Understanding Global Development Research: Fieldwork Issues, Experiences and Reflections: Chapter 9
Swetha Rao Dhananka | February 2017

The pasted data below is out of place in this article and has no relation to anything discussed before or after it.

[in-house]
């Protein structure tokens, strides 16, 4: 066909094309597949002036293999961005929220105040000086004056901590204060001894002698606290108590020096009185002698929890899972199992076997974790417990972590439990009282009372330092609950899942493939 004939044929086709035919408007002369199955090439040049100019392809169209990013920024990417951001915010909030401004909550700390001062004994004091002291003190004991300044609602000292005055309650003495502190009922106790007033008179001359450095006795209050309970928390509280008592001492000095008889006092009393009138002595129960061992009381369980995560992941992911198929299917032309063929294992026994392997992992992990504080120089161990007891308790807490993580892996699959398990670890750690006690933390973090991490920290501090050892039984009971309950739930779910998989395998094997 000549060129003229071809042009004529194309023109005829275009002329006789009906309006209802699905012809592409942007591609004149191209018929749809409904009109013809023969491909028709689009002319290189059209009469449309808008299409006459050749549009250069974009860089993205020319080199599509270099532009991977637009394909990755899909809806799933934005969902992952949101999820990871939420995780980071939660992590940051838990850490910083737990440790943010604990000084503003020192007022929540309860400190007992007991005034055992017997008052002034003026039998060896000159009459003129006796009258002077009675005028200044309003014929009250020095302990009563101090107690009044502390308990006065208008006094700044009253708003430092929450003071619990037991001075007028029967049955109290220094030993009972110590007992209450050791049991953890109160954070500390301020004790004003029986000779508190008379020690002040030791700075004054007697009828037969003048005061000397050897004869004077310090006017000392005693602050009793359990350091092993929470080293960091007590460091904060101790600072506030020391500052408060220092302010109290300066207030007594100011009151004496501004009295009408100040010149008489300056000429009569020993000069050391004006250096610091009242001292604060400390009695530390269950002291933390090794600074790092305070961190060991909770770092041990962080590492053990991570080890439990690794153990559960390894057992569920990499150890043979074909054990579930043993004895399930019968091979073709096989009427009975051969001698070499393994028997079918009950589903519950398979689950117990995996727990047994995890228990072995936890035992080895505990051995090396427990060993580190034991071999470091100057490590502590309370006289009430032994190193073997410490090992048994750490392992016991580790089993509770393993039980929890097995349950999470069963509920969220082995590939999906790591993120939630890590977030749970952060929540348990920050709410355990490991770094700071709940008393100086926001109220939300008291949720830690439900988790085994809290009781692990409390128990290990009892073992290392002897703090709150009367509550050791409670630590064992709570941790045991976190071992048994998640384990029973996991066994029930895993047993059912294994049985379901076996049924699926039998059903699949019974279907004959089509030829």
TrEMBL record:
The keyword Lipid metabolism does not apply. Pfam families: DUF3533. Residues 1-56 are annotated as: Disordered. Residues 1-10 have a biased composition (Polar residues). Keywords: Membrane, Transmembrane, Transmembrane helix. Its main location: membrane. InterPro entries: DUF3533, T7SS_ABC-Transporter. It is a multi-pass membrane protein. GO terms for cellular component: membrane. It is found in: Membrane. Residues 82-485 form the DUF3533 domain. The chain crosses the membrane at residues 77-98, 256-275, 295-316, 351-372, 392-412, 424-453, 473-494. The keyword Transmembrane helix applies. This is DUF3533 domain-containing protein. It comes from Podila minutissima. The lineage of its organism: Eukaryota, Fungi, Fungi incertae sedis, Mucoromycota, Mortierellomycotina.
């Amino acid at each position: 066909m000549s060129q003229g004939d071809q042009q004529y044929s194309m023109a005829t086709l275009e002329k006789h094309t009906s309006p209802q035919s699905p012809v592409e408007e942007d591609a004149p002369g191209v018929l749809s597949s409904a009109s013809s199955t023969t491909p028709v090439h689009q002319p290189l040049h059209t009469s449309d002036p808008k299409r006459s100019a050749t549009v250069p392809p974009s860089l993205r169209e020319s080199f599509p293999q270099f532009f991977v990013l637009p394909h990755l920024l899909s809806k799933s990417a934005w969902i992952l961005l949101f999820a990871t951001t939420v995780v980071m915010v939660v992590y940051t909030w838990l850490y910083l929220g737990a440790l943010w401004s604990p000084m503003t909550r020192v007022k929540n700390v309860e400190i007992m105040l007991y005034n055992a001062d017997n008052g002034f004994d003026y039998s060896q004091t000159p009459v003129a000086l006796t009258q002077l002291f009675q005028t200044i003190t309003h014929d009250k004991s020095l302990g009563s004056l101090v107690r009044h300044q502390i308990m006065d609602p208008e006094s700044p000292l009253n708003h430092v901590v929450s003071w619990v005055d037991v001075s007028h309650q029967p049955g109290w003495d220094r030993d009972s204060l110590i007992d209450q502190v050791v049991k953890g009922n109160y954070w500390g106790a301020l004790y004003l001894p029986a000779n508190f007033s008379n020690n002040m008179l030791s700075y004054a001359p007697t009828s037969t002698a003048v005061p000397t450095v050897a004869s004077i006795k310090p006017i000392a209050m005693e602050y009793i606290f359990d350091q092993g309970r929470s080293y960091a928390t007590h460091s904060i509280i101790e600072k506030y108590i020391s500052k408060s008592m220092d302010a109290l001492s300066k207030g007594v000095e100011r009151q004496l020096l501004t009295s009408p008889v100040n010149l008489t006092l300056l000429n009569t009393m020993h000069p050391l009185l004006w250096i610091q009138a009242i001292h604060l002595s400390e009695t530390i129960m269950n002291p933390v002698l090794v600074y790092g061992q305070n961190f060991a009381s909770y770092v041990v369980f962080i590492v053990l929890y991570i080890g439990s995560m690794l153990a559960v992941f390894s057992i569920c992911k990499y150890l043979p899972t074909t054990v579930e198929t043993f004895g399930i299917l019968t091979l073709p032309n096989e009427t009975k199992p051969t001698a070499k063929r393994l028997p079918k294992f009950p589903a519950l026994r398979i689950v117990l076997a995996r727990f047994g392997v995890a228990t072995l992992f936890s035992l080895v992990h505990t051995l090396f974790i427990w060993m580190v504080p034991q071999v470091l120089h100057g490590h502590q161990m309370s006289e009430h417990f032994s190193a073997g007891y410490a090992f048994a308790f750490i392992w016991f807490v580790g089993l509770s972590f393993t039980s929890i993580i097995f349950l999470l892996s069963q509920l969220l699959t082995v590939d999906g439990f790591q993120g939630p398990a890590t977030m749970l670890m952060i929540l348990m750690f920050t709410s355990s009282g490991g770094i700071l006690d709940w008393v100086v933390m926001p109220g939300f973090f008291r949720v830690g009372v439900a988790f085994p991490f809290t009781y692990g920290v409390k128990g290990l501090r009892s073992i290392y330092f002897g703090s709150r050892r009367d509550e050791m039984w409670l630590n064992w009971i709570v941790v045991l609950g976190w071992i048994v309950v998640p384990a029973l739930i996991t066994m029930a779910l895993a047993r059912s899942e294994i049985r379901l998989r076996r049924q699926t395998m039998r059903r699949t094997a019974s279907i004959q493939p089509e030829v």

In Joanna Pfaff-Czarnecka’s rich career as a social anthropologist, 1979 marks the year of her first entry into the field. I was born in that year and I first entered the field a full three decades later – in 2009. Professor Pfaff-Czarnecka describes her first field experience in Nepal as exciting but challenging, primarily due to the mutual foreignness between her, as a white woman from Europe, and the village community in Nepal tucked away in the many folds of the Himalayas. My first encounter with my field in India was enmeshed with my identity as a child of Indian parents originally from the city of Bangalore who migrated and settled in Switzerland. I came to discover Bangalore during subsequent summer holidays spent among the same people. In 2009, I entered this city that I partly called home, partly loved and partly despised, with an entirely new mind-set. I wanted to explore social inequalities and their production in a highly stratified society. In particular, I was interested in investigating the pervasiveness of inadequate housing for the urban poor despite sustained economic growth and rapidly transforming urban landscapes. Bangalore was well suited for this endeavour, as I was able to work with slum-dwellers – a population marginalised on many fronts in terms of housing, access to productive land, crucial urban services, and also education. Notwithstanding the substantial differences in how Professor Pfaff-Czarnecka and I achieved ‘first entry’ as researchers, and the considerable time lag between our field visits, which were set in contrasting rural and urban settings, I am struck by the similarities of the lessons learned from our respective fieldwork experiences.